They found that there was no difference in egg size due to colony morphology or size, but smaller colonies were less likely to spawn a second or third time. They did find that chlorophyll concentration of the eggs increased with increasing size of the colony. This may have been due to the fact that larger colonies were deeper down, so packaged their eggs with more zooxanthellae than the smaller, shallow water colonies.
They also found that eggs sizes within the bundles varied, which interests me because I work on maternal provisioning in a colonial animal too. I find that larvae released by my bryozoans can have up to a 2-fold difference. I am most curious to know how much those eggs varied, since most researchers ignore within brood variability. They also found that the egg sizes varied among spawning events. Generally there was a decrease in the size of the eggs on subsequent spawning events, but a slight increase in the number.
This raises some interesting questions. It would be interesting to find out if the same amount of energy is expended for each of the broods (that is does the increase in number balance the fact that smaller eggs are made). Are these smaller eggs as fit as larger eggs? Are parent colonies more willing to take a chance by producing smaller eggs, since they are assured some reproductive success with the earlier large egg brood?
Finally, if would be fun to know if this down shift in egg size (energy into eggs) is accompanied by an up shift in sperm production. Since the eggs and sperm are packaged in the same bundle, it may be relatively interesting to quantify the egg/sperm ratio. It would also be interesting to see if that ratio is different among the different sizes of colonies. It's generally easier (energetically) to be a male, so would smaller colonies increase their reproductive success by packaging extra sperm?
EXPLORING CORAL REPRODUCTION IN THE FIELD: DO SIZE AND MORPHOLOGY INFLUENCE THE REPRODUCTIVE OUTPUT OF THE HERMATYPIC CORAL MONTIPORA CAPITATA (SPAWNER)?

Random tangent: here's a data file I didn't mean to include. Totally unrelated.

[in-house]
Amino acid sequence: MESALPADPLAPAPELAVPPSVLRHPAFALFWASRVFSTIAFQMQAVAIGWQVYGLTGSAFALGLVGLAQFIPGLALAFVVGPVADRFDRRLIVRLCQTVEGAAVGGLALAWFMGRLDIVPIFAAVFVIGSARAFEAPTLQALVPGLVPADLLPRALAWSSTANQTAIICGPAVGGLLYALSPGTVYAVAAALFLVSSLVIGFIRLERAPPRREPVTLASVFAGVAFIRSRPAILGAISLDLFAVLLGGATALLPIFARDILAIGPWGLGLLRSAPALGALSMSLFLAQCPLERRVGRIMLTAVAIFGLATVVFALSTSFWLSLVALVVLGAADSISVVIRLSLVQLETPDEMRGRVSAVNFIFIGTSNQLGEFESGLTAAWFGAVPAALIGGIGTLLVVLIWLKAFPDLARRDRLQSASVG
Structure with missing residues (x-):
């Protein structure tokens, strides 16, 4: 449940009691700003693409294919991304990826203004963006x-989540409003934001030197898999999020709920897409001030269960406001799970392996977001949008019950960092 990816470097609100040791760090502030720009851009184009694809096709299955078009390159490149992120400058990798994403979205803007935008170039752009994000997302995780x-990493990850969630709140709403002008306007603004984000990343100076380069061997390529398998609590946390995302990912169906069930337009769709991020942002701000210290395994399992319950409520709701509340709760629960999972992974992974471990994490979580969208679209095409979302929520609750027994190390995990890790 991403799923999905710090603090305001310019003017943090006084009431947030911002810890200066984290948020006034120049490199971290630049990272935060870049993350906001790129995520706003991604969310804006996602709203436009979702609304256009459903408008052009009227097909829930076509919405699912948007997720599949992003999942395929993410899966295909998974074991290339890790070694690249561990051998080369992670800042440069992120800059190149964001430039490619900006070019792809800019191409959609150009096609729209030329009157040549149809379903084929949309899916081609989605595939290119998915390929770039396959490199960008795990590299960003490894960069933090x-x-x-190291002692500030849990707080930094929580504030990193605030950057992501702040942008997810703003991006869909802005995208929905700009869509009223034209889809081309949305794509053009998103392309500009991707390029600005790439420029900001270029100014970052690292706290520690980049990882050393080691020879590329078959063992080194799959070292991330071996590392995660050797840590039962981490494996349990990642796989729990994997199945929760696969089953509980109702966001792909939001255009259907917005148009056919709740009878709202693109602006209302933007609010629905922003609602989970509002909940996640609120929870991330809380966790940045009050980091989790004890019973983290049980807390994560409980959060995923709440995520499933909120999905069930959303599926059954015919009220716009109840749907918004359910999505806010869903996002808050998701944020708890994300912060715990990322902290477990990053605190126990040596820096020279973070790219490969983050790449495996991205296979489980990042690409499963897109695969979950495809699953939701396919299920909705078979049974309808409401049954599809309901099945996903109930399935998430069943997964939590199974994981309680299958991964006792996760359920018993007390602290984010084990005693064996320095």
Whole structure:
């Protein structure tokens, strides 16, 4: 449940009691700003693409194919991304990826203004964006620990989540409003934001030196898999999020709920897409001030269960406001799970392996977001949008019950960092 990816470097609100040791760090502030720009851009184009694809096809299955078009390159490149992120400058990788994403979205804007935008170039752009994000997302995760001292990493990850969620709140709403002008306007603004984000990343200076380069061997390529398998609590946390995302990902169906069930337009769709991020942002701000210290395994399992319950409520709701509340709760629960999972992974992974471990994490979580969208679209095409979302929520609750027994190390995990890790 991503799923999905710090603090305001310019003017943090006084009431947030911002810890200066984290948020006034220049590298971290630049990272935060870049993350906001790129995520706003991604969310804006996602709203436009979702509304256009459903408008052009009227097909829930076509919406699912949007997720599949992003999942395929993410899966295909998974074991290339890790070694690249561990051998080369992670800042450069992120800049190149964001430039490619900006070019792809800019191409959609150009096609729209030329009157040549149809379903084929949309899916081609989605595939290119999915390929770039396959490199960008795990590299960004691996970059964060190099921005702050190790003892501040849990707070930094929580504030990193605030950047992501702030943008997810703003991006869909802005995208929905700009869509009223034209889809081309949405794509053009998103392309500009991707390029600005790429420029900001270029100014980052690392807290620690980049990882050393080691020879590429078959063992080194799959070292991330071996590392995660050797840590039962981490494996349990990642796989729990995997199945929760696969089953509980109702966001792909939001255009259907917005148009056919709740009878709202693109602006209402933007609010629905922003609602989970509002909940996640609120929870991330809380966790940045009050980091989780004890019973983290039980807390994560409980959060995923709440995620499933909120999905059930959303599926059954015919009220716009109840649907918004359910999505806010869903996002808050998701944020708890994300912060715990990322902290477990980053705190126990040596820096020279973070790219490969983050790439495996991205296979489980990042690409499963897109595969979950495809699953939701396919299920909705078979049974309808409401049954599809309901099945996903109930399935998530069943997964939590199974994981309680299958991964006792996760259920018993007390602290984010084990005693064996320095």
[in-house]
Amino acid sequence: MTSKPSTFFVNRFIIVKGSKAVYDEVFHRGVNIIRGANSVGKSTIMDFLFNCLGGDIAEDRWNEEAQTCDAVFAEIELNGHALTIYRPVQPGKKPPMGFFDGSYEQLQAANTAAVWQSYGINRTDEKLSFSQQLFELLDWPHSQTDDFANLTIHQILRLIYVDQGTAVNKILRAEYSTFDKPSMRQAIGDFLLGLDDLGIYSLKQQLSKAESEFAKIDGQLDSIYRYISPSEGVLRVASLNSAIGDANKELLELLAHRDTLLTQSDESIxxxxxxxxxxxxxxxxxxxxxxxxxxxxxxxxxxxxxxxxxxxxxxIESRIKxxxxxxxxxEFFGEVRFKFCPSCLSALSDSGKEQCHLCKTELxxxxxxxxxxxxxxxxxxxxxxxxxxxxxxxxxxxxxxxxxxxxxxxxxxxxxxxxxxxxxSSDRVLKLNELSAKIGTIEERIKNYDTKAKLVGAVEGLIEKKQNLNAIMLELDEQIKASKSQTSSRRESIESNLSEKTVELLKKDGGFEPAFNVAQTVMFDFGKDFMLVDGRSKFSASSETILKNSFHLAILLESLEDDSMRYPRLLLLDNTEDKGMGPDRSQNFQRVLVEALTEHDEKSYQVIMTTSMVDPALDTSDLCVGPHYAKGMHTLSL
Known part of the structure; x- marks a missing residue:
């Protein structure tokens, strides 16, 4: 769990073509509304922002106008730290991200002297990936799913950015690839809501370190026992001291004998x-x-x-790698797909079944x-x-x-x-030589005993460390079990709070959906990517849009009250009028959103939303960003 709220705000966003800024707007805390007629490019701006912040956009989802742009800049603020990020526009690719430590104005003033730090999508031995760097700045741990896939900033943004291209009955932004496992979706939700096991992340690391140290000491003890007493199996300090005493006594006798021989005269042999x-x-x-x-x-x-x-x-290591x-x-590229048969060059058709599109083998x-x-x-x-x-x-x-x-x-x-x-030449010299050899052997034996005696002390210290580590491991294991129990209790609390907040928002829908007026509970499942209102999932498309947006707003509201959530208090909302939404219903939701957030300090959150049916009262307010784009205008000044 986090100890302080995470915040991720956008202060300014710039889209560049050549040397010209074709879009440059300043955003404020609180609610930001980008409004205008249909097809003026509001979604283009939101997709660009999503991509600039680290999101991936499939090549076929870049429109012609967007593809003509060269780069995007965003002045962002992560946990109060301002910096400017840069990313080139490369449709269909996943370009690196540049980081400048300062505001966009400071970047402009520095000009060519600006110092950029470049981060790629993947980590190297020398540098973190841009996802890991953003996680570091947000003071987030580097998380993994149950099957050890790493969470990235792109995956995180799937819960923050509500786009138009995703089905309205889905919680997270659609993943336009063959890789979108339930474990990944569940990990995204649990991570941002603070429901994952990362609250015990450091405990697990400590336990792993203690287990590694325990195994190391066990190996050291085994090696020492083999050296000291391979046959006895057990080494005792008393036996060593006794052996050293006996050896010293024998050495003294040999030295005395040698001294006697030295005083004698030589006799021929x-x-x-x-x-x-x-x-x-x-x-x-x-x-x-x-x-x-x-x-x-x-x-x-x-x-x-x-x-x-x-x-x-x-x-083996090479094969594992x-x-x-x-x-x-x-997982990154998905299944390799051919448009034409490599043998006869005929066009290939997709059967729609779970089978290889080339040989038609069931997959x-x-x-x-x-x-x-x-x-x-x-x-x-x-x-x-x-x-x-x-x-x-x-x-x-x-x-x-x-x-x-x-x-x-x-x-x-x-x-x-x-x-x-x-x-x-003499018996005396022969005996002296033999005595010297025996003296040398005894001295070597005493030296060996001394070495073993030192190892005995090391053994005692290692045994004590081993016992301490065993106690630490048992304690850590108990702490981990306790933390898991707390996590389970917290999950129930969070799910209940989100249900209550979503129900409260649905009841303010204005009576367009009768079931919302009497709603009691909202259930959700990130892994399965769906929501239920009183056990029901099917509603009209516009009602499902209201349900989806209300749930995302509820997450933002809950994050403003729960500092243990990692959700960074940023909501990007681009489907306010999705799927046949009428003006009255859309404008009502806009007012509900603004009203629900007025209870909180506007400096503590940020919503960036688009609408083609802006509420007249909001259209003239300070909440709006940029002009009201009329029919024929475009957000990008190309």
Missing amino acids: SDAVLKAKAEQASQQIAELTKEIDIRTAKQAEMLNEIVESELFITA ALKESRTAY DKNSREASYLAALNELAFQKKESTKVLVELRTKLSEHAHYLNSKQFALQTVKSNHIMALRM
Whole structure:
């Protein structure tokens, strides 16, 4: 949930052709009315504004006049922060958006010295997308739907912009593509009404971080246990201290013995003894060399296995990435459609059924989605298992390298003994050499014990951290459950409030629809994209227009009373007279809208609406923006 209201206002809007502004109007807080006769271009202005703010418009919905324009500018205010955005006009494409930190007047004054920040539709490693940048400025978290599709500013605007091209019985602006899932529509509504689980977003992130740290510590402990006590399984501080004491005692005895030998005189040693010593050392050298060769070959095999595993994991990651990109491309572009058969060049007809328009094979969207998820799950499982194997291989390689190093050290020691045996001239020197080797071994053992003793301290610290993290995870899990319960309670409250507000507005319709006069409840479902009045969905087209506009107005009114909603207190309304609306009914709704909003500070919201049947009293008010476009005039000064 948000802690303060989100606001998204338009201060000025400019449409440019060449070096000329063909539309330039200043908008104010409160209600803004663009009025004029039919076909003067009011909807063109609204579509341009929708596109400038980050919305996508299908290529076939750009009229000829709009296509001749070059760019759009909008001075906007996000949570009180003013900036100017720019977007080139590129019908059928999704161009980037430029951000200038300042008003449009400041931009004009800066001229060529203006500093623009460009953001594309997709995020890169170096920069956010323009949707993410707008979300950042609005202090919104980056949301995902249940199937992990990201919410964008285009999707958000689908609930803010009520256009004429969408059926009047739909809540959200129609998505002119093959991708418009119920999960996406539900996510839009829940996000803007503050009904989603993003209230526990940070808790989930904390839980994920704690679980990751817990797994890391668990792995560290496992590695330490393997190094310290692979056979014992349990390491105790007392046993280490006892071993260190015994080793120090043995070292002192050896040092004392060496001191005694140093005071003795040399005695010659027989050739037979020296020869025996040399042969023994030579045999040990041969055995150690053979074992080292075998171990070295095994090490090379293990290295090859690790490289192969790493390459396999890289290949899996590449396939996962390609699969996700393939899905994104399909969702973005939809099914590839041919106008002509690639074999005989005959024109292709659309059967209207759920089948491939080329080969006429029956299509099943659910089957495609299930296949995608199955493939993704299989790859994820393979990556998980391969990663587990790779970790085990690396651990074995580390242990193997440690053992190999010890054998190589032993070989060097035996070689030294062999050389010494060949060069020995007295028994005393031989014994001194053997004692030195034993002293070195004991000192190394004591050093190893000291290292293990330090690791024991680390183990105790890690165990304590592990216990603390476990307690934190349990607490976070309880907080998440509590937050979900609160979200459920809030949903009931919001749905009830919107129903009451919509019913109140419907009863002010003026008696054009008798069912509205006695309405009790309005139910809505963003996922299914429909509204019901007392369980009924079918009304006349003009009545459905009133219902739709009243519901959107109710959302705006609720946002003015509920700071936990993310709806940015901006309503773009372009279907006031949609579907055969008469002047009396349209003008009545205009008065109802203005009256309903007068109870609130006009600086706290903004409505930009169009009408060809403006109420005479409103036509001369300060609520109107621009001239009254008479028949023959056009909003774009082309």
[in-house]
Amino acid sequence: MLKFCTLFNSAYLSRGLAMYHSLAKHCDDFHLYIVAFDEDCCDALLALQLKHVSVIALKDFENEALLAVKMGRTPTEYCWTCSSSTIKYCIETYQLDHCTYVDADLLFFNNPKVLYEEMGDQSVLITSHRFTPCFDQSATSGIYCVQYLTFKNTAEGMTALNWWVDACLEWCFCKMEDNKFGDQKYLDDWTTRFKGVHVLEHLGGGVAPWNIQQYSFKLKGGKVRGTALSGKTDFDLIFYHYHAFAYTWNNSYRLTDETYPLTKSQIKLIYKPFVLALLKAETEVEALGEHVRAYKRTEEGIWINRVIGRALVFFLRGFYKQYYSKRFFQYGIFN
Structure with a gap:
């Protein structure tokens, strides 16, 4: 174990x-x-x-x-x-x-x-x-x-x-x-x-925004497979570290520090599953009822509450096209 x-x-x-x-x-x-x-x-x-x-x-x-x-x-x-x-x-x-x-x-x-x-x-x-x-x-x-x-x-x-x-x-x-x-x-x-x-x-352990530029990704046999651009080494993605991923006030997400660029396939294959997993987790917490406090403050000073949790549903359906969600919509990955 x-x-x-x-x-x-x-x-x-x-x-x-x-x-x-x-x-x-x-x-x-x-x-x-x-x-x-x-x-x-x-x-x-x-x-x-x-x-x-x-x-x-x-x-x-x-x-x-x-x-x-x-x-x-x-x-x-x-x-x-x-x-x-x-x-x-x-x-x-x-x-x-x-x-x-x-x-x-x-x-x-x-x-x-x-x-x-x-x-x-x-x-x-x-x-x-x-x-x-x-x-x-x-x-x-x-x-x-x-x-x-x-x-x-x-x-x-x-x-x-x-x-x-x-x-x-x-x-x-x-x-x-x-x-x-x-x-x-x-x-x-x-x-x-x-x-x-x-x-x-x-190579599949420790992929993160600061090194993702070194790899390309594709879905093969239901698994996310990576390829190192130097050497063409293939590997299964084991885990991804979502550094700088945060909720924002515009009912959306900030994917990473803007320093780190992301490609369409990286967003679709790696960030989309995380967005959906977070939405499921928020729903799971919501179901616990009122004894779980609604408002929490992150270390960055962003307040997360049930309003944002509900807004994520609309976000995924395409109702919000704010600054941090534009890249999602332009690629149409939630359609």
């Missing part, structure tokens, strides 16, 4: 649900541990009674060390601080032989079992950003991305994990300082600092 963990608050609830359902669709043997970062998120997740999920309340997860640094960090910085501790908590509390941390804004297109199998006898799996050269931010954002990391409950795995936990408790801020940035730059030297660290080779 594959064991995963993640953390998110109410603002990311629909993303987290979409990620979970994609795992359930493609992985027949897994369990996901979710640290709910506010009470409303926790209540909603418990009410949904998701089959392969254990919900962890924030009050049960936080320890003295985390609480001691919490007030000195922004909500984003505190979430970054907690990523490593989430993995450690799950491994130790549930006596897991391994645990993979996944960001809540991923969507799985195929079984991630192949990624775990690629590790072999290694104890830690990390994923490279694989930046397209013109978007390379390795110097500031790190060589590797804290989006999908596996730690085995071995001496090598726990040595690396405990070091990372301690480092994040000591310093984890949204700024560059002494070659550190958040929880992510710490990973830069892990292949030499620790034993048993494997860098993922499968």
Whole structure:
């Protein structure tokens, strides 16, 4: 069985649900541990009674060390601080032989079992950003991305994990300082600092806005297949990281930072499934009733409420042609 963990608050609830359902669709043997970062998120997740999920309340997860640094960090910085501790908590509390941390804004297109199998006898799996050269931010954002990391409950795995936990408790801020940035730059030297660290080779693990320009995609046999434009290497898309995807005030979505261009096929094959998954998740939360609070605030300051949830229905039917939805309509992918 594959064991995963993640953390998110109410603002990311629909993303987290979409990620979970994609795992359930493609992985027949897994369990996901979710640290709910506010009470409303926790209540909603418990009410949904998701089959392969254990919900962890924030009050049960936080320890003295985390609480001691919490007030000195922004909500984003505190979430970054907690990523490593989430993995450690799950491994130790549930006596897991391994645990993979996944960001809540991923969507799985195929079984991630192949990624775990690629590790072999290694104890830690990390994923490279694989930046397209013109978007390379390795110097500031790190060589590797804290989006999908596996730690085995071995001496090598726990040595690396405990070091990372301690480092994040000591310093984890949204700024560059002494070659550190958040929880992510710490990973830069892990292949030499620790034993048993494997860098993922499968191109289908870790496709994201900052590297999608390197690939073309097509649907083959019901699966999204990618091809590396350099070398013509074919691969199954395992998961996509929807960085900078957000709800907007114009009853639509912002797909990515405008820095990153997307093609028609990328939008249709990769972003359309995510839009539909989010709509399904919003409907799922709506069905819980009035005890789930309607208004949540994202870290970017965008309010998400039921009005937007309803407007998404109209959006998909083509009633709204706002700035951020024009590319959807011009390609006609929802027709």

Padilla-Gamino, J.L.*, and R. Gates Hawaii Institute of Marine Biology
Modular organisms such as corals grow by adding polyps (or individual modules). This growth is not indefinite however, and eventually colony size will be limited by extrinsic (i.e. nutrient availability, microenvironment within the colony) or intrinsic (i.e. senescence, changes in physiology) factors. Although individual coral polyps grow to full size, polyps do not start producing gametes until the whole coral colony has reached a particular size. While there have been several studies analyzing the size at which corals become sexually reproductive, very few studies have focused on the reproductive ecology of the larger colony size classes, mostly due to the difficulty in transporting huge colonies to aquaria or collecting of the gametes in the field. To better understand the relationships between size, morphology and reproductive capacity, this study examined the reproductive output (gametes) in situ of the hermaphrodite coral Montipora capitata. As this coral grows, the morphological complexity of the colony also increases. This coral is highly morphological plastic in response to environmental factors. For example in areas with lower light levels, these species acquires a more flat-shape morphology than in areas with more light (branching morphology). Gametes from different environments were collected in situ during most of the reproductive season (June, July & August). Regardless of differences in morphology and environment, colonies spawned simultaneously and had similar offspring characteristics (egg size, # eggs/bundle).